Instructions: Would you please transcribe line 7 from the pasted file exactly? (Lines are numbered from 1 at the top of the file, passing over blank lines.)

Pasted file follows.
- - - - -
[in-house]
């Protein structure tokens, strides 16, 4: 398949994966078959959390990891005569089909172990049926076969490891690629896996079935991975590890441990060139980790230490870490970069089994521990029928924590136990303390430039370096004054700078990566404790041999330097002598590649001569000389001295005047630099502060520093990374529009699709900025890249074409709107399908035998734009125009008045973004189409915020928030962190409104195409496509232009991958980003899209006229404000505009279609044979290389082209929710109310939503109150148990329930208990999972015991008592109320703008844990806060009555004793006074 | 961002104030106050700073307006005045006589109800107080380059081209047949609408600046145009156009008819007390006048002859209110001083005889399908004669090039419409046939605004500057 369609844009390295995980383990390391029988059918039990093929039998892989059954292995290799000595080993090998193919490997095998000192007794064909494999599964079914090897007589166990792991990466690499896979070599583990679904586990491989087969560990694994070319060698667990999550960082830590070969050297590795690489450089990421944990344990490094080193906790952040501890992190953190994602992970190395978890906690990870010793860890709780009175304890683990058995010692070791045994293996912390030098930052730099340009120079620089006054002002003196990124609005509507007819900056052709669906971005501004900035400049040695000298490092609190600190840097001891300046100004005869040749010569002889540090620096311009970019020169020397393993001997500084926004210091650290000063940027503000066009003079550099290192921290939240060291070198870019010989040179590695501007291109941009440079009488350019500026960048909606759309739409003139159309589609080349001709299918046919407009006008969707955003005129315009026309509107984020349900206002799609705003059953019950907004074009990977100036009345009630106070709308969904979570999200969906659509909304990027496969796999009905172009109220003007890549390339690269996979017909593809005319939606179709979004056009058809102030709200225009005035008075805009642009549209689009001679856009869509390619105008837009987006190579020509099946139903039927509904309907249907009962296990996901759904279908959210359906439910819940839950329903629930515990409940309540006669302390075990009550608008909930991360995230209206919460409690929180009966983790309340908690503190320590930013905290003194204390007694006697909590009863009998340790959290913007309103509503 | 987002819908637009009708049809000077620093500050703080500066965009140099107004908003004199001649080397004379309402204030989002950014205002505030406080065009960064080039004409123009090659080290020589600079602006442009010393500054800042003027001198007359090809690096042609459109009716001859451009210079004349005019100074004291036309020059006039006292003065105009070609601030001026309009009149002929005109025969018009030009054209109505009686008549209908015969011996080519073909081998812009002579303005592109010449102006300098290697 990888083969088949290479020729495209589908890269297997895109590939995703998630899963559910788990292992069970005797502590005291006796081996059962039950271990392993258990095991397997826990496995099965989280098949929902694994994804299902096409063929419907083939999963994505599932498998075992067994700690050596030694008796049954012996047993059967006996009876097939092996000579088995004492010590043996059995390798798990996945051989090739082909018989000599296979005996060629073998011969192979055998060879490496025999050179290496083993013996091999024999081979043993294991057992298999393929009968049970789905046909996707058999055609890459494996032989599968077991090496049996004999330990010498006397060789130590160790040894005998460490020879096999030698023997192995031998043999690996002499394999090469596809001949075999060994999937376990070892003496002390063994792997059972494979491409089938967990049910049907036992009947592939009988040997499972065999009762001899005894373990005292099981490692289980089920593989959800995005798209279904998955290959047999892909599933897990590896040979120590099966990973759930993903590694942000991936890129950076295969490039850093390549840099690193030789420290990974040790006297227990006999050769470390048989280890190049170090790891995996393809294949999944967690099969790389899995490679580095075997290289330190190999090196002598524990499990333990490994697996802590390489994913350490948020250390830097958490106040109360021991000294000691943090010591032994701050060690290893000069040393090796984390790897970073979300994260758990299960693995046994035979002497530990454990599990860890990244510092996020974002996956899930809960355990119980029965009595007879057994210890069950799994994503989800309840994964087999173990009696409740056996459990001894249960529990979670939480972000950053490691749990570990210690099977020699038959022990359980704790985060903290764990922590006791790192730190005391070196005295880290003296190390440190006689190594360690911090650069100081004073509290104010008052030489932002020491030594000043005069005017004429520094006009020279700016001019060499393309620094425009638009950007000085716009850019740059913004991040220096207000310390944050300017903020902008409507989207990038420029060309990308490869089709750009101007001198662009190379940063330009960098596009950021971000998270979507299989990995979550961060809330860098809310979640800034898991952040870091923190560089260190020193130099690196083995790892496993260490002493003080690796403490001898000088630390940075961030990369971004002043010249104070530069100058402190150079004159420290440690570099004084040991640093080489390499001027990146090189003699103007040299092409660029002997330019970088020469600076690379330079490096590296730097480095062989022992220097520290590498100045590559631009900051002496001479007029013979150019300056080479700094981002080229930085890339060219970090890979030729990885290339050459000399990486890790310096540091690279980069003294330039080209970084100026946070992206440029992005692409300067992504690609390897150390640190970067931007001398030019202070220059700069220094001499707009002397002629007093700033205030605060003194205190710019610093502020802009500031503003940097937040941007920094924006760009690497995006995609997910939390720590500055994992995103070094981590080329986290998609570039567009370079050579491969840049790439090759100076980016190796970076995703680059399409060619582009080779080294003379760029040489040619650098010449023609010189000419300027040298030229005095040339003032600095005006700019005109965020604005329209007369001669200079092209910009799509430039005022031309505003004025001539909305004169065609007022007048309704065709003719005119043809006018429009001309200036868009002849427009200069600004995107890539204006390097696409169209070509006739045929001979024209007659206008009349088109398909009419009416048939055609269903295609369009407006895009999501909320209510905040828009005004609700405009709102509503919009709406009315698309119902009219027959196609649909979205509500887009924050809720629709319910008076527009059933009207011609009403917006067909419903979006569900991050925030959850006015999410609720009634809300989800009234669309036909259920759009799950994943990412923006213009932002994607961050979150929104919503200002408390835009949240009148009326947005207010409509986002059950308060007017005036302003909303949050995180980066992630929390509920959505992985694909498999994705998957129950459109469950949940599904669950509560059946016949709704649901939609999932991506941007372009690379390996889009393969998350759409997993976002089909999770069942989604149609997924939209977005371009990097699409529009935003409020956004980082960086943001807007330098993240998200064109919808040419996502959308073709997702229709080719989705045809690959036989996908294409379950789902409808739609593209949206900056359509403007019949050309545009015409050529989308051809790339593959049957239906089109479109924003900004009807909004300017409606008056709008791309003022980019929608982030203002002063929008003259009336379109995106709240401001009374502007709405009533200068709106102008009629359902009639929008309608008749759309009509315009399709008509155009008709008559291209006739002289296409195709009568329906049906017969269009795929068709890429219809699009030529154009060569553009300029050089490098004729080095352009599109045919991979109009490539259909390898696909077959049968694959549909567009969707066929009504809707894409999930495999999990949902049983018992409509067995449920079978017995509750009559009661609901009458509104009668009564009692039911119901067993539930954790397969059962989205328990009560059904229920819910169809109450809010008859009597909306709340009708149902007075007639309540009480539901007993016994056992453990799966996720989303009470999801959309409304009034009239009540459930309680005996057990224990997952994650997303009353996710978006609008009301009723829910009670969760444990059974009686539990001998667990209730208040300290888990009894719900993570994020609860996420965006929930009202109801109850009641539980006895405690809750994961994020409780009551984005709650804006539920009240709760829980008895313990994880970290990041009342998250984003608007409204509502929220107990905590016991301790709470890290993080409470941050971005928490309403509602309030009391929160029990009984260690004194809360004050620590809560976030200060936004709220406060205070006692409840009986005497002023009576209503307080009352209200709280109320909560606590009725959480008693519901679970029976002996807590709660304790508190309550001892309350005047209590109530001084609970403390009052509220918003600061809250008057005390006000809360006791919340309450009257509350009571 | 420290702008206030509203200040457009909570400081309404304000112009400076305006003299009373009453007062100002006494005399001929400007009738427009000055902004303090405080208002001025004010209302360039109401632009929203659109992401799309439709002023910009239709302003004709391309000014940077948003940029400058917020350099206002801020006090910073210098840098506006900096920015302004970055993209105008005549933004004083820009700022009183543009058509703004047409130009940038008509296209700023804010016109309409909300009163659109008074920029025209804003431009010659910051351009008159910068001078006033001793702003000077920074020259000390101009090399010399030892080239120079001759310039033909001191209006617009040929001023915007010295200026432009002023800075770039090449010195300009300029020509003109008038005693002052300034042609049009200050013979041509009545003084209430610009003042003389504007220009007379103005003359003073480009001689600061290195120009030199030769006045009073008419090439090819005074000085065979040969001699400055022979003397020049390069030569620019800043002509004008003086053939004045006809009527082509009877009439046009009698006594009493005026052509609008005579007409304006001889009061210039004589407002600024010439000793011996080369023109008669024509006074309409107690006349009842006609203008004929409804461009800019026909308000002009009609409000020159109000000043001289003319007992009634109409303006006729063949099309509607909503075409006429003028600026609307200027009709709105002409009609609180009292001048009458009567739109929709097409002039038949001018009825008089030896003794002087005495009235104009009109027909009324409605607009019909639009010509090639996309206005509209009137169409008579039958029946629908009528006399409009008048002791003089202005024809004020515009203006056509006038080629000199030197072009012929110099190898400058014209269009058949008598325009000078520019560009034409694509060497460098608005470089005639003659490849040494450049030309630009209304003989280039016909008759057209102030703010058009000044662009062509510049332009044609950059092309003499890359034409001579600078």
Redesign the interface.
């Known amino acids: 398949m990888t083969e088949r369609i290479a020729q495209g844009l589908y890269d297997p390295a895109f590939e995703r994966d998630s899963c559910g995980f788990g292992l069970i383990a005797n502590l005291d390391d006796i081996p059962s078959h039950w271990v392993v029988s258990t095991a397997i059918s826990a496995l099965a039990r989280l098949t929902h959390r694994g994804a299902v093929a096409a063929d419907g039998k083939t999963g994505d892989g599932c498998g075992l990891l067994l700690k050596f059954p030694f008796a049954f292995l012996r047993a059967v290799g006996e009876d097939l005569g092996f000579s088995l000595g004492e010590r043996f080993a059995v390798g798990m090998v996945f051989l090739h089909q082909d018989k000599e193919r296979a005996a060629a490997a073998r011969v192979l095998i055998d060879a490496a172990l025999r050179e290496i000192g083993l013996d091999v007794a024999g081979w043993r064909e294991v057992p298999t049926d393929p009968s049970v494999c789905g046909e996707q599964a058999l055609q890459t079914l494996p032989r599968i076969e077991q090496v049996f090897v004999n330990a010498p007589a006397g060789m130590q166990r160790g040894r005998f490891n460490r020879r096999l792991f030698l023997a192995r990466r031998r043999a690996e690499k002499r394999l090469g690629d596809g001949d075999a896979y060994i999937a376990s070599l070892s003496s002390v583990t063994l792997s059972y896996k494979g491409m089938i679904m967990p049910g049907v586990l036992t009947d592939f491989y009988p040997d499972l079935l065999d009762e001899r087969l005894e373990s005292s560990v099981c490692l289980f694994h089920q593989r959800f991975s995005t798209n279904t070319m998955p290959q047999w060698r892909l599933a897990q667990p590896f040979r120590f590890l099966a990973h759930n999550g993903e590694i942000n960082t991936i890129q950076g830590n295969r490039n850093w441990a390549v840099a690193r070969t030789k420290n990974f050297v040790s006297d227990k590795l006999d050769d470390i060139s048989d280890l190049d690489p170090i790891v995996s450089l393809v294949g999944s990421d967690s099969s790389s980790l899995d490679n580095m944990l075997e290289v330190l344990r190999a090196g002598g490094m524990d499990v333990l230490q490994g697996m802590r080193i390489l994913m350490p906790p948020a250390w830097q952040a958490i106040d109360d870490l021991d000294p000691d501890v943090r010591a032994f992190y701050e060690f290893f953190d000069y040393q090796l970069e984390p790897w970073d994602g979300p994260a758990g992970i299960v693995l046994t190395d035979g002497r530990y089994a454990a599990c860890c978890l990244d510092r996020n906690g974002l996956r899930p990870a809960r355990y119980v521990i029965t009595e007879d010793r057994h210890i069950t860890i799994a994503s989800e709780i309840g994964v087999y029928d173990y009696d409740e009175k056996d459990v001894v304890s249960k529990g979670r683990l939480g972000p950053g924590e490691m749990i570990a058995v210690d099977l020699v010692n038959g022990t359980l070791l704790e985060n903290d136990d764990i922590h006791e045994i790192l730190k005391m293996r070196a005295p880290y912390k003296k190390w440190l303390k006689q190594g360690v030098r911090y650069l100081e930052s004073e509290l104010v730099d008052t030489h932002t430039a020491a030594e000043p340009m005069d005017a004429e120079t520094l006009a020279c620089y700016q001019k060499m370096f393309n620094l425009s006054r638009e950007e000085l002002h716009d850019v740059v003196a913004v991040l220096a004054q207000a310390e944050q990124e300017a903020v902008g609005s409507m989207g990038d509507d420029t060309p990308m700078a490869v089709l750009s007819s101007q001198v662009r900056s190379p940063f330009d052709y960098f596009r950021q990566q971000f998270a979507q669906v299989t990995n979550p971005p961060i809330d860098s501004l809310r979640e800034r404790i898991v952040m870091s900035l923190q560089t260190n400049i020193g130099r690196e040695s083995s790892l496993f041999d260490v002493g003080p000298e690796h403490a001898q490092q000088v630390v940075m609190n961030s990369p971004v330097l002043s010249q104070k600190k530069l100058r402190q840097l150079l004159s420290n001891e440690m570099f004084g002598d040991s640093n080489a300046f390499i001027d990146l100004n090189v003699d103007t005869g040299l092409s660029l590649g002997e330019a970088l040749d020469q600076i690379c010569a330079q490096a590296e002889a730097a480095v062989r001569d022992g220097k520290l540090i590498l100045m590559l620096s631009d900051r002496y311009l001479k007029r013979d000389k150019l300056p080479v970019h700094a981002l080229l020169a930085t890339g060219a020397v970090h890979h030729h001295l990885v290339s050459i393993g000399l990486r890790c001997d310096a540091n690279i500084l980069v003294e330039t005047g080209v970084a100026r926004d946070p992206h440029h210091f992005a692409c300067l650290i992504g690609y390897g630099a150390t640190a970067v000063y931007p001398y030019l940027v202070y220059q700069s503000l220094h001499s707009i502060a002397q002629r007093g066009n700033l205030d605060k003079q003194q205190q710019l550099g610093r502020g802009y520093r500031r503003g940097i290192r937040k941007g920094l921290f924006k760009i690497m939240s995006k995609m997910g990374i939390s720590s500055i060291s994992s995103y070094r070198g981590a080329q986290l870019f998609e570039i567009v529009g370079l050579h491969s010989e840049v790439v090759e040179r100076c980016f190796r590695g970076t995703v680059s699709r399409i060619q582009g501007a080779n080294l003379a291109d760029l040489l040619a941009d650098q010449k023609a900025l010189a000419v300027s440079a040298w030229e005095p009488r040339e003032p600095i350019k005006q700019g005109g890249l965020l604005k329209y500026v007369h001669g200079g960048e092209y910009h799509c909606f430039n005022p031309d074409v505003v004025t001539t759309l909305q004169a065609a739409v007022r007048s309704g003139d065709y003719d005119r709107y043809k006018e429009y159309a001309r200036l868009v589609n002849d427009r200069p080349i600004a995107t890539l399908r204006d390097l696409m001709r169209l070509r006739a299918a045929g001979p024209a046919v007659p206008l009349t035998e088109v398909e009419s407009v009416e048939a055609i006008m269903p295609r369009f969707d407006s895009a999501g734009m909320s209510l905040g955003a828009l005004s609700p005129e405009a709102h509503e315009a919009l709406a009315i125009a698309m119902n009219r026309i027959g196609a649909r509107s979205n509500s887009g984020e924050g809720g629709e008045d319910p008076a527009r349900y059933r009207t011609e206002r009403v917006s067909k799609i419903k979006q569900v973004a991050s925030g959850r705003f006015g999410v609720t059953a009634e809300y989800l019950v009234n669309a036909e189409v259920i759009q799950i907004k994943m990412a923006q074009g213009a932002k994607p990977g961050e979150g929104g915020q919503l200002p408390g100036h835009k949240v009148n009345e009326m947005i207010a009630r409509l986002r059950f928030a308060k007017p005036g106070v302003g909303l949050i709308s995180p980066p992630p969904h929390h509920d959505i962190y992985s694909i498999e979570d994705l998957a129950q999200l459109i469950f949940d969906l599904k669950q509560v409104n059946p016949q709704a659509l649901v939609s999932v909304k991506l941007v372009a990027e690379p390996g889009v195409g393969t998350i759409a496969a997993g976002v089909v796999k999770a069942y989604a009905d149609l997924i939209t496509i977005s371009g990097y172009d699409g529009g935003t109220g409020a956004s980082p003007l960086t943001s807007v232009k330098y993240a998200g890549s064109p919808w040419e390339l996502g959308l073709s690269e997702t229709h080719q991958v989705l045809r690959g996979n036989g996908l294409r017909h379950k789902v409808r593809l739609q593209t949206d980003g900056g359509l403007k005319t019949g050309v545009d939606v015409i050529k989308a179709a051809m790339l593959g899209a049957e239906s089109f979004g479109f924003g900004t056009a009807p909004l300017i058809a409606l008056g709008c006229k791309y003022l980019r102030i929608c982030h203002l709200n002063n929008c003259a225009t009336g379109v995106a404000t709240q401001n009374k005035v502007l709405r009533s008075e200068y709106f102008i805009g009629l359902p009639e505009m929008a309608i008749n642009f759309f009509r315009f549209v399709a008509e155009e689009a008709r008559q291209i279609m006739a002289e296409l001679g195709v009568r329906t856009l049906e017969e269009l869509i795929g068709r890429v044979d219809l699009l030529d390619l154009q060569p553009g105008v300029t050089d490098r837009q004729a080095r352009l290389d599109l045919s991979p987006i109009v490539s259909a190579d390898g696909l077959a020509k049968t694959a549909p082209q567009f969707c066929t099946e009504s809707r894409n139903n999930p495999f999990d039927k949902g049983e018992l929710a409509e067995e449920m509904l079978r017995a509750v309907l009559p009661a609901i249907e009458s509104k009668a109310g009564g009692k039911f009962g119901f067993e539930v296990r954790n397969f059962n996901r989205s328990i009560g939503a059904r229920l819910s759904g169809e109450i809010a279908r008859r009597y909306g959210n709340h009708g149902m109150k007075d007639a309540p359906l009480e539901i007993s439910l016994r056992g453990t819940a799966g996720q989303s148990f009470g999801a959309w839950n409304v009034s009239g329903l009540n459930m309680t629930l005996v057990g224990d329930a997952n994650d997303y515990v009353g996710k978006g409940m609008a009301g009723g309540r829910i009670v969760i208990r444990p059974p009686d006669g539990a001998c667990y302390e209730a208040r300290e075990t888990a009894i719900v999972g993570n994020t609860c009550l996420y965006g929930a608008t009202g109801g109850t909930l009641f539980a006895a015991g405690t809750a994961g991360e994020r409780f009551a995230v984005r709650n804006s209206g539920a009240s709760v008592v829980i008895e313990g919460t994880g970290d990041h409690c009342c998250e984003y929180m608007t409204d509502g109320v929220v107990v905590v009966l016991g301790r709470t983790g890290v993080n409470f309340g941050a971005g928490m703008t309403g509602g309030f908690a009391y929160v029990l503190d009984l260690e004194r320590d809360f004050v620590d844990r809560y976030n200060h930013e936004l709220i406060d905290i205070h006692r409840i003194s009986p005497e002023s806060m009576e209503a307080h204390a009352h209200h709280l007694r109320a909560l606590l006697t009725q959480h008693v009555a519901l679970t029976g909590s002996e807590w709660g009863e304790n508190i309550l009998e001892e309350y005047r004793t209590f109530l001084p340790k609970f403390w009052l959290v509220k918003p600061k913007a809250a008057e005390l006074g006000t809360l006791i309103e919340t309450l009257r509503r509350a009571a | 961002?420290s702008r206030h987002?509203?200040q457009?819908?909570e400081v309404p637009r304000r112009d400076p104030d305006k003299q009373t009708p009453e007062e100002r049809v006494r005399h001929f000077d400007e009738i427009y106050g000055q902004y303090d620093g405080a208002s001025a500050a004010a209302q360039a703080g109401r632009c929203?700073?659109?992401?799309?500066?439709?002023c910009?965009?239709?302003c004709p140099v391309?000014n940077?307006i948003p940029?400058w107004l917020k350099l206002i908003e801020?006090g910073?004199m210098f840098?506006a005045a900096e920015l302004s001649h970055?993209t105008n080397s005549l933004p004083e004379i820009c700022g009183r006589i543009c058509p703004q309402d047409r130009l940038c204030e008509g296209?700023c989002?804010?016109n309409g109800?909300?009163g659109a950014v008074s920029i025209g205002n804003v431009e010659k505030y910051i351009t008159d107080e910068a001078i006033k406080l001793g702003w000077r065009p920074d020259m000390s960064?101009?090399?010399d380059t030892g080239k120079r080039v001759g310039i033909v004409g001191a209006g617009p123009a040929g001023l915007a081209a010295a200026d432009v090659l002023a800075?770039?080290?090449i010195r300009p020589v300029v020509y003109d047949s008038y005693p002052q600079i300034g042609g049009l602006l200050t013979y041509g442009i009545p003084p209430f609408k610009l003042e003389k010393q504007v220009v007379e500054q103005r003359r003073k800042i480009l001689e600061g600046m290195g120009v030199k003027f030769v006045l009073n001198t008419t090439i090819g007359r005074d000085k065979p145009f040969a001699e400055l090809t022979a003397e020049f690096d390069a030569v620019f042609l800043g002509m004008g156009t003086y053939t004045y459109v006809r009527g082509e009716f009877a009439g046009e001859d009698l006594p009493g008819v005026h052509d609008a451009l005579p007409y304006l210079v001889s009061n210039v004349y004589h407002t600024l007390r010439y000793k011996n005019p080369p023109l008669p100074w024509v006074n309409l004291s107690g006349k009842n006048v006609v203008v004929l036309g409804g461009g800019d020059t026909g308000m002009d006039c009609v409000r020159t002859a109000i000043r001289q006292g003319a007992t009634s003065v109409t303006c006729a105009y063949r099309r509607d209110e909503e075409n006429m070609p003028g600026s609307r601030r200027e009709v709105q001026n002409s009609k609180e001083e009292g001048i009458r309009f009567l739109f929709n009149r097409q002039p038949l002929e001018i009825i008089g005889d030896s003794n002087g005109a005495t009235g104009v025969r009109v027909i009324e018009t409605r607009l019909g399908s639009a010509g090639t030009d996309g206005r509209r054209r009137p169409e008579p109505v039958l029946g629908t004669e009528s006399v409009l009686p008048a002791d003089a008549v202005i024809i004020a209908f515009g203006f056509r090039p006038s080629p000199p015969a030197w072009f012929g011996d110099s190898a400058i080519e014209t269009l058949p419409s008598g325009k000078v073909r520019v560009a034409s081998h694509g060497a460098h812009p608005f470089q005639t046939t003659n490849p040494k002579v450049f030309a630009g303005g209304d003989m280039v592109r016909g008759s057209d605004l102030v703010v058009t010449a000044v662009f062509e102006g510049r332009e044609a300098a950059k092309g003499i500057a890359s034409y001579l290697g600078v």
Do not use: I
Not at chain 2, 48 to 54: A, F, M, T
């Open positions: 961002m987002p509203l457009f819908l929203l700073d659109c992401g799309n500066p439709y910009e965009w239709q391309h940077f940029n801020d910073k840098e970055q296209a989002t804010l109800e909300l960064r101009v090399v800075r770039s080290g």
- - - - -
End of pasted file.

């Open positions: 961002m987002p509203l457009f819908l929203l700073d659109c992401g799309n500066p439709y910009e965009w239709q391309h940077f940029n801020d910073k840098e970055q296209a989002t804010l109800e909300l960064r101009v090399v800075r770039s080290g």